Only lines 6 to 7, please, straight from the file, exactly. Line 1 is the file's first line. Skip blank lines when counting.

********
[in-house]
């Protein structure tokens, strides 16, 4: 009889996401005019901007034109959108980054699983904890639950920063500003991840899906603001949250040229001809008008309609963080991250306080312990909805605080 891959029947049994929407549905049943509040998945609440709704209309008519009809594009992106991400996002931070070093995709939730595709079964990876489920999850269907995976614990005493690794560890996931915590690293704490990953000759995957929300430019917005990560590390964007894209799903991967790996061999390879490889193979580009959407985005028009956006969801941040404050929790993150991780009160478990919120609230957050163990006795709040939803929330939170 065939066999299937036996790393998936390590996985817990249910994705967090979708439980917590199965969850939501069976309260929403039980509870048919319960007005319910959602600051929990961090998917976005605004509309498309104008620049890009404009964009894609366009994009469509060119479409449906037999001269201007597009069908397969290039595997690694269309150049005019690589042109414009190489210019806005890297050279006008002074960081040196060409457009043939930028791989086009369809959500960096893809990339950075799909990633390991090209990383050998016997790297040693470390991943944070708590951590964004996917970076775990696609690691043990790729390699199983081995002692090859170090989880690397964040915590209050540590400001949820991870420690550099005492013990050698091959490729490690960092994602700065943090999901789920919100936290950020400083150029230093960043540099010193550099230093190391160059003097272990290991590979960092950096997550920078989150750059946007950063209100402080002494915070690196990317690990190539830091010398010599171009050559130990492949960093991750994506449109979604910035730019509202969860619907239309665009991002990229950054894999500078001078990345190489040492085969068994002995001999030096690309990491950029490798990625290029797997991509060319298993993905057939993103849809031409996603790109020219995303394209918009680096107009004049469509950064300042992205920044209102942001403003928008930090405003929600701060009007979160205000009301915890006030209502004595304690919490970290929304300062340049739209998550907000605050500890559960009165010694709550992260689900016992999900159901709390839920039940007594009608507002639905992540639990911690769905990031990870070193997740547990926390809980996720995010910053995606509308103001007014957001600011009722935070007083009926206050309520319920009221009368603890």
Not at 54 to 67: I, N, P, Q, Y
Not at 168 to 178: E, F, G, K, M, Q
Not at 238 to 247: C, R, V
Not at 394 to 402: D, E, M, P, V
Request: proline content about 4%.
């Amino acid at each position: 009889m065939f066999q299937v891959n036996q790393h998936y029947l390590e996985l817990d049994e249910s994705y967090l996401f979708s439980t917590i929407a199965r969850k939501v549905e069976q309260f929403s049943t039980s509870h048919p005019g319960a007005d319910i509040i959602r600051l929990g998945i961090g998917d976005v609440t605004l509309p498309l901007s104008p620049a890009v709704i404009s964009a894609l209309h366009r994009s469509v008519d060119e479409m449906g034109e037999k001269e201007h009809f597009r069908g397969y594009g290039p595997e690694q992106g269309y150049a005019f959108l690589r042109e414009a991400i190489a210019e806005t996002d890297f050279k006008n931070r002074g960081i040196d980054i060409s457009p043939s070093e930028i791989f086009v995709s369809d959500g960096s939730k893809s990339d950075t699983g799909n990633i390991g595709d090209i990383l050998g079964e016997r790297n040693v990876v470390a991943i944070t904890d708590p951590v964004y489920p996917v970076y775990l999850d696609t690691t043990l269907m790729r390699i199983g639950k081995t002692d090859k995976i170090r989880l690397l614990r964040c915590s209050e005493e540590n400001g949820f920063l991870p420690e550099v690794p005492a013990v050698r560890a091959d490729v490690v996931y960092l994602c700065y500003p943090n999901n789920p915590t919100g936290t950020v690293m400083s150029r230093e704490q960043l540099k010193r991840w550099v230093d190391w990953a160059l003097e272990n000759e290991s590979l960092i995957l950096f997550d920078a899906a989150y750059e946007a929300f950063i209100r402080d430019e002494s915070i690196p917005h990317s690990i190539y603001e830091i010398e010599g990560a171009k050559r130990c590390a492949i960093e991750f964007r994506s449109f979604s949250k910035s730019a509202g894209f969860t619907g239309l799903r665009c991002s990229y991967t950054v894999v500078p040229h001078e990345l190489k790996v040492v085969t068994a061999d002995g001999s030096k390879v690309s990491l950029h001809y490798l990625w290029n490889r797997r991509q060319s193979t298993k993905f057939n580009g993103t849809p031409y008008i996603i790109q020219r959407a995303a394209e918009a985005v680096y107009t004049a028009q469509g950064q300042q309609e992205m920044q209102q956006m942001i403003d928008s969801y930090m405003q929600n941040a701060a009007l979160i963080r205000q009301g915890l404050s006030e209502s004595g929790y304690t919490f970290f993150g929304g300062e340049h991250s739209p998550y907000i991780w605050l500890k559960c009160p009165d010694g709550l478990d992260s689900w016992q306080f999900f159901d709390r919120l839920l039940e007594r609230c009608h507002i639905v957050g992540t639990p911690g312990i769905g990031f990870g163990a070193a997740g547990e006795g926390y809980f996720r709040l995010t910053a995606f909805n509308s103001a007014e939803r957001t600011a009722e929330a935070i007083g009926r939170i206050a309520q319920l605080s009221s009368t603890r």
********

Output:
Not at 394 to 402: D, E, M, P, V
Request: proline content about 4%.